“The trouble with men,” says the immaculately coiffured woman as she waits for her coffee to be made, “is that the good times never last. At first, he buys you chocolates and says you look like a goddess. But before you know it, he’s taking you for granted.”
Her friend makes a non-committal mmmm noise.
“So I’m breaking up with Matt,” the woman says.
“Matt?” her friend repeats. “I thought you were dating Steven.”
The woman laughs and pats at her hair. “Steven? No. I started seeing Matt a few weeks ago. He’s nice, but he just doesn’t make me happy anymore.”
Her name is called, and she collects her insulated paper cup from the barista. She carefully takes off the lid, adds two sachets of sugar, stirs and tastes. “Mmmm…” she says, her eyes half closing. “The first sip is always the best.”
The trouble with happiness, is that it’s not there to be lived in. It’s there to be anticipated, tasted, savoured, and relished. What’s wrong with living in a state of gentle contentment, punctuated by short, sweet bursts of happiness and the occasional tang of sadness?
“They” tell use that we’re supposed to aim for happiness, as though it’s a goal in itself rather than a delicious byproduct of good living.
“They” say we can be happy if we buy these shoes, watch this movie, drive this car, live in this house, marry this man/woman, have these kids, take out this mortgage, buy this furniture, take this vacation, buy these souvenirs, drink this coffee, exercise with this machine, read this book, attend this religious gathering, and admire this celebrity.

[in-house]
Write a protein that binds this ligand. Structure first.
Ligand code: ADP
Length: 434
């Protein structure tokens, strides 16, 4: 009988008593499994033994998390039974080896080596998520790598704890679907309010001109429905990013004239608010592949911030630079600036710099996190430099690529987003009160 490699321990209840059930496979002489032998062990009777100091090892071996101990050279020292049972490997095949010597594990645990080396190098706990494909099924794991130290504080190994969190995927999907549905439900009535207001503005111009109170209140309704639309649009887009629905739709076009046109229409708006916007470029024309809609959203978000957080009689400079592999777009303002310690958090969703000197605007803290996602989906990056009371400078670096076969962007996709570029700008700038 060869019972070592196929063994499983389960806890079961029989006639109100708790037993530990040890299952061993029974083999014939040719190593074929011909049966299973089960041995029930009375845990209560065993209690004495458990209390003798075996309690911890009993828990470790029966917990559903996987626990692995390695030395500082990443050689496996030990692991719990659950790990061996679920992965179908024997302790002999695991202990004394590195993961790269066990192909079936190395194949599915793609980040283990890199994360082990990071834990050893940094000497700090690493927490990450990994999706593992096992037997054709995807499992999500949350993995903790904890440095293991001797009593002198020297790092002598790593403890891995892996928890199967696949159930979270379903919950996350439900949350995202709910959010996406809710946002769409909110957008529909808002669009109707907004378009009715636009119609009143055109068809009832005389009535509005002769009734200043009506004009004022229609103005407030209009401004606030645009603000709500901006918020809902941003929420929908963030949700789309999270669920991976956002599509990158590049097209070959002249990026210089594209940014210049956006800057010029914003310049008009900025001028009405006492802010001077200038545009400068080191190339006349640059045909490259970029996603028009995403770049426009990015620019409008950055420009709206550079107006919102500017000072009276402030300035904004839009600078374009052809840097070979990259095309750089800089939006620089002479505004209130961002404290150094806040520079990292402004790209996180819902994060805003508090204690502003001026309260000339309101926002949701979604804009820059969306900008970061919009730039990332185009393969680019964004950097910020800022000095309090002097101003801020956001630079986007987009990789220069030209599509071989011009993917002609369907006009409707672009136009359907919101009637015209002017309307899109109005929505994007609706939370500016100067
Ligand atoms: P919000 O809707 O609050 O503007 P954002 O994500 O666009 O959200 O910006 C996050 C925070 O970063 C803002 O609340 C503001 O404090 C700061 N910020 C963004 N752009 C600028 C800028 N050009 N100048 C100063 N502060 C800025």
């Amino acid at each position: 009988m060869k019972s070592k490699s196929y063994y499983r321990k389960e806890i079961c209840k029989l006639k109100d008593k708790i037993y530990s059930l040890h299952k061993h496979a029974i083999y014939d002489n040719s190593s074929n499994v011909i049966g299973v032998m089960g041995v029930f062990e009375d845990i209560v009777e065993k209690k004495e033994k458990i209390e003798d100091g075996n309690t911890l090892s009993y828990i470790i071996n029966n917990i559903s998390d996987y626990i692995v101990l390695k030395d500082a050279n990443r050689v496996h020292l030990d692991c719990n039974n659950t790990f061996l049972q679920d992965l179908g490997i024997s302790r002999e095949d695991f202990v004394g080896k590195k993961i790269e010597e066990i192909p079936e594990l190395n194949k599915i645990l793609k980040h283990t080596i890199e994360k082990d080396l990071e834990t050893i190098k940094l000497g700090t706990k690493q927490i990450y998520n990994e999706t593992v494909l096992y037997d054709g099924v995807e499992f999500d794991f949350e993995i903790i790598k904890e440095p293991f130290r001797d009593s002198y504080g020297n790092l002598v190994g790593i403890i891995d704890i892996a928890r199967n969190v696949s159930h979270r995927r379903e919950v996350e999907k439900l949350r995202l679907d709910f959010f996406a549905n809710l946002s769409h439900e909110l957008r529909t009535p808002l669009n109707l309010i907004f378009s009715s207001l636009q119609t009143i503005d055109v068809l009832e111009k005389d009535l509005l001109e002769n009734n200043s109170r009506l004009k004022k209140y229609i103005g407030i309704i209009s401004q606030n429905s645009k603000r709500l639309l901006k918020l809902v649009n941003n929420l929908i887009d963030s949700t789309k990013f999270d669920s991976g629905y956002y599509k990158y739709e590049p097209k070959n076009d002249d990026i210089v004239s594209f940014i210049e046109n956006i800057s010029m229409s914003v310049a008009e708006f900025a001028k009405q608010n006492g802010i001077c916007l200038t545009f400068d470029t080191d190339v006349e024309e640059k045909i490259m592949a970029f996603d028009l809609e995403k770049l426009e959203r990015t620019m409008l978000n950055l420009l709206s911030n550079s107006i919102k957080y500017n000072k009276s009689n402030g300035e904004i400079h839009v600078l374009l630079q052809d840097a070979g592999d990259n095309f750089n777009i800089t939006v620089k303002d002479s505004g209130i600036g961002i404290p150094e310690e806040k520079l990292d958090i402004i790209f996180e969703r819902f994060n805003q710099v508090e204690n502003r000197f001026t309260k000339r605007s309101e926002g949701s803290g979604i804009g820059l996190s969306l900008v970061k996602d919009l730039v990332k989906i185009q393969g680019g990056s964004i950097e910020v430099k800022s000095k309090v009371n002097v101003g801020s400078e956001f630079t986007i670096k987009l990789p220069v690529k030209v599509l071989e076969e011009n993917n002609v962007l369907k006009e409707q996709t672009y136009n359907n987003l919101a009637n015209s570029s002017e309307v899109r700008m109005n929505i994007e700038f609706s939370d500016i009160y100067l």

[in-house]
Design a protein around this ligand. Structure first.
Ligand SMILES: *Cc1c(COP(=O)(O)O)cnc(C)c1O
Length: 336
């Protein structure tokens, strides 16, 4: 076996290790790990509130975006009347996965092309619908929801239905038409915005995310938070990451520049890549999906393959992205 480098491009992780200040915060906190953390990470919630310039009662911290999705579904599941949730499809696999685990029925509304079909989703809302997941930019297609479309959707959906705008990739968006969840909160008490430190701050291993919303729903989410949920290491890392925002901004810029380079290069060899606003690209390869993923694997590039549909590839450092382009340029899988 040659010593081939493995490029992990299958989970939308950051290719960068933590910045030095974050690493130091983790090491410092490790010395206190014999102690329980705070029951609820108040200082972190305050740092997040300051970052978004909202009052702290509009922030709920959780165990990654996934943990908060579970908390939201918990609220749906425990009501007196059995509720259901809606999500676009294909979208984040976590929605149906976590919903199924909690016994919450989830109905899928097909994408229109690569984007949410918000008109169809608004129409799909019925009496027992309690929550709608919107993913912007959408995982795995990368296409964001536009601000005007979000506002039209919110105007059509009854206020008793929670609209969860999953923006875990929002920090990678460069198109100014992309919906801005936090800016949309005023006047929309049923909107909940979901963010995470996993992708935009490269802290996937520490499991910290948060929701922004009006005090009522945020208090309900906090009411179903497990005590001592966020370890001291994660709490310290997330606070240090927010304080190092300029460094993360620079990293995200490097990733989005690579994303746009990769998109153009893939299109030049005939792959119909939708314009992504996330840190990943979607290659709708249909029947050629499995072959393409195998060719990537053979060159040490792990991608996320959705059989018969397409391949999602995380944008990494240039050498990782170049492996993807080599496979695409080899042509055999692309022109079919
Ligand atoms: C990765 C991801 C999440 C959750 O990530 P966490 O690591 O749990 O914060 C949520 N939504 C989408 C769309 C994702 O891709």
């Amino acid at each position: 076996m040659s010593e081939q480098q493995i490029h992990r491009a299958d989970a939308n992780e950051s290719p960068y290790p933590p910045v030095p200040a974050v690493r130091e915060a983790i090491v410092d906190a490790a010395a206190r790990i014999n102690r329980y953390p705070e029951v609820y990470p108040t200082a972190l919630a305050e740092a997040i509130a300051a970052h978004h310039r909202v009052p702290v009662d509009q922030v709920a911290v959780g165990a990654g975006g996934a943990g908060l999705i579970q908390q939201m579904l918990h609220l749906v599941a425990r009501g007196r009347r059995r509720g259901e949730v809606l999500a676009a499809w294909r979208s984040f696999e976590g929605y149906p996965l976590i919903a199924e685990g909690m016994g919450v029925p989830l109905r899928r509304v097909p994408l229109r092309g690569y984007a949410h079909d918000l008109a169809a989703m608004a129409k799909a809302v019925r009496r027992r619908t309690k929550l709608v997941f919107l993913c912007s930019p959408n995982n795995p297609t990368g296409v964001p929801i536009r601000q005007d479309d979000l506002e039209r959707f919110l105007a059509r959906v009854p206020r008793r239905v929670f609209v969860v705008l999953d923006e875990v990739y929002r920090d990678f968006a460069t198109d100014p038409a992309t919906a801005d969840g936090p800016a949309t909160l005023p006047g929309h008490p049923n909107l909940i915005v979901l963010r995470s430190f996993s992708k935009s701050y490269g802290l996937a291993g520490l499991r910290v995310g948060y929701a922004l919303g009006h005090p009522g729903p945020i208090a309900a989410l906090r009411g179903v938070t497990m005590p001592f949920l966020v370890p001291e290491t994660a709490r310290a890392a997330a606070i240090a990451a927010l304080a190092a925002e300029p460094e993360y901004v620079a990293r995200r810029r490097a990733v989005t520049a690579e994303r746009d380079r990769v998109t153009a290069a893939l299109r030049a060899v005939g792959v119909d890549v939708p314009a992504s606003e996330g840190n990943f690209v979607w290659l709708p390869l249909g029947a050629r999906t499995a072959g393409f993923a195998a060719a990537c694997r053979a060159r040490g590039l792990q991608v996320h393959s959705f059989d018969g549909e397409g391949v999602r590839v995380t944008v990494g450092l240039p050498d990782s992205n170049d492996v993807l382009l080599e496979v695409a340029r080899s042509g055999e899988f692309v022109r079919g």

“They” say that if you’re not happy all the time, you’re not trying hard enough. Or you don’t own enough. Or the people around you are dragging you down, and should be cast aside. “They” don’t always say it in words, but they say it in marketing campaigns, self-help books, and check-out lines.
Have you ever tried living in a state of constant happiness?
Have you ever tried eating your favourite dessert for every meal? Within days, you’re no longer savouring the delectable sweetness. Then you stop enjoying it altogether. Before you know it, the lack of variety in your diet has made you sickly and weak.
As a society, we’ve largely come to recognise the illness known as depression. We know that if we feel sad all the time, something is terribly wrong. People living in this state of constant sadness are recognised as having a legitimate illness, and there are treatments designed to help them regain their equilibrium.
Feeling sad is normal. Feeling sad all the time is unhealthy.
The trouble with happiness is that it works the same way.